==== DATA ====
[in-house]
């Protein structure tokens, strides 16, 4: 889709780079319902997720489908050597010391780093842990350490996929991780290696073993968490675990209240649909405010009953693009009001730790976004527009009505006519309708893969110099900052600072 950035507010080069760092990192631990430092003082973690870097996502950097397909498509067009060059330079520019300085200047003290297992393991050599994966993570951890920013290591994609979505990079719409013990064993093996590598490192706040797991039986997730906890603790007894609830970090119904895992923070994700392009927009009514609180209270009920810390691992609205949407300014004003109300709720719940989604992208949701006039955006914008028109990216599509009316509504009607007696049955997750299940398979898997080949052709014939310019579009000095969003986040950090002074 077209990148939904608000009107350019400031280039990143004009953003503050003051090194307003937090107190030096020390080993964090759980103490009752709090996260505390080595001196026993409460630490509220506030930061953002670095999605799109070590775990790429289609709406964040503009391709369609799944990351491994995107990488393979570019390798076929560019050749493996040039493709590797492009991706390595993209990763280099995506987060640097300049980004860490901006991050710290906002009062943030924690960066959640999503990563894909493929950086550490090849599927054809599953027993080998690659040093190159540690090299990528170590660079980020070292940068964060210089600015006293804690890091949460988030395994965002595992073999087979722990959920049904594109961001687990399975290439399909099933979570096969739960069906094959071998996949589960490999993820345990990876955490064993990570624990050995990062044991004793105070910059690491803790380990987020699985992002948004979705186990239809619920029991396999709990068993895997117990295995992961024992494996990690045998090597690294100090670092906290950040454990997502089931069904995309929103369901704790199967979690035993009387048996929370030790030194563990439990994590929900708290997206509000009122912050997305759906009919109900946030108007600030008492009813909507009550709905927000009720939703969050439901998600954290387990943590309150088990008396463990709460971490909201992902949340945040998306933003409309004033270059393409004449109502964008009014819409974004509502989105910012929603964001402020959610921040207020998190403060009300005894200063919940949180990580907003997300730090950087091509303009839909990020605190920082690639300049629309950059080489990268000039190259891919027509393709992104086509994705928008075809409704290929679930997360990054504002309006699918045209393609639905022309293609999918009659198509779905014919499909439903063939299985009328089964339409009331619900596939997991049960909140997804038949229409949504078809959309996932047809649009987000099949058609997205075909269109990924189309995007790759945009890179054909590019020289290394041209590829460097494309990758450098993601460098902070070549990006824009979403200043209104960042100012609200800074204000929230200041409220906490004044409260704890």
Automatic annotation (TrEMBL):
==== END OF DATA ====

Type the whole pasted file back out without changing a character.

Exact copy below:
[in-house]
């Protein structure tokens, strides 16, 4: 889709780079319902997720489908050597010391780093842990350490996929991780290696073993968490675990209240649909405010009953693009009001730790976004527009009505006519309708893969110099900052600072 950035507010080069760092990192631990430092003082973690870097996502950097397909498509067009060059330079520019300085200047003290297992393991050599994966993570951890920013290591994609979505990079719409013990064993093996590598490192706040797991039986997730906890603790007894609830970090119904895992923070994700392009927009009514609180209270009920810390691992609205949407300014004003109300709720719940989604992208949701006039955006914008028109990216599509009316509504009607007696049955997750299940398979898997080949052709014939310019579009000095969003986040950090002074 077209990148939904608000009107350019400031280039990143004009953003503050003051090194307003937090107190030096020390080993964090759980103490009752709090996260505390080595001196026993409460630490509220506030930061953002670095999605799109070590775990790429289609709406964040503009391709369609799944990351491994995107990488393979570019390798076929560019050749493996040039493709590797492009991706390595993209990763280099995506987060640097300049980004860490901006991050710290906002009062943030924690960066959640999503990563894909493929950086550490090849599927054809599953027993080998690659040093190159540690090299990528170590660079980020070292940068964060210089600015006293804690890091949460988030395994965002595992073999087979722990959920049904594109961001687990399975290439399909099933979570096969739960069906094959071998996949589960490999993820345990990876955490064993990570624990050995990062044991004793105070910059690491803790380990987020699985992002948004979705186990239809619920029991396999709990068993895997117990295995992961024992494996990690045998090597690294100090670092906290950040454990997502089931069904995309929103369901704790199967979690035993009387048996929370030790030194563990439990994590929900708290997206509000009122912050997305759906009919109900946030108007600030008492009813909507009550709905927000009720939703969050439901998600954290387990943590309150088990008396463990709460971490909201992902949340945040998306933003409309004033270059393409004449109502964008009014819409974004509502989105910012929603964001402020959610921040207020998190403060009300005894200063919940949180990580907003997300730090950087091509303009839909990020605190920082690639300049629309950059080489990268000039190259891919027509393709992104086509994705928008075809409704290929679930997360990054504002309006699918045209393609639905022309293609999918009659198509779905014919499909439903063939299985009328089964339409009331619900596939997991049960909140997804038949229409949504078809959309996932047809649009987000099949058609997205075909269109990924189309995007790759945009890179054909590019020289290394041209590829460097494309990758450098993601460098902070070549990006824009979403200043209104960042100012609200800074204000929230200041409220906490004044409260704890």
Automatic annotation (TrEMBL):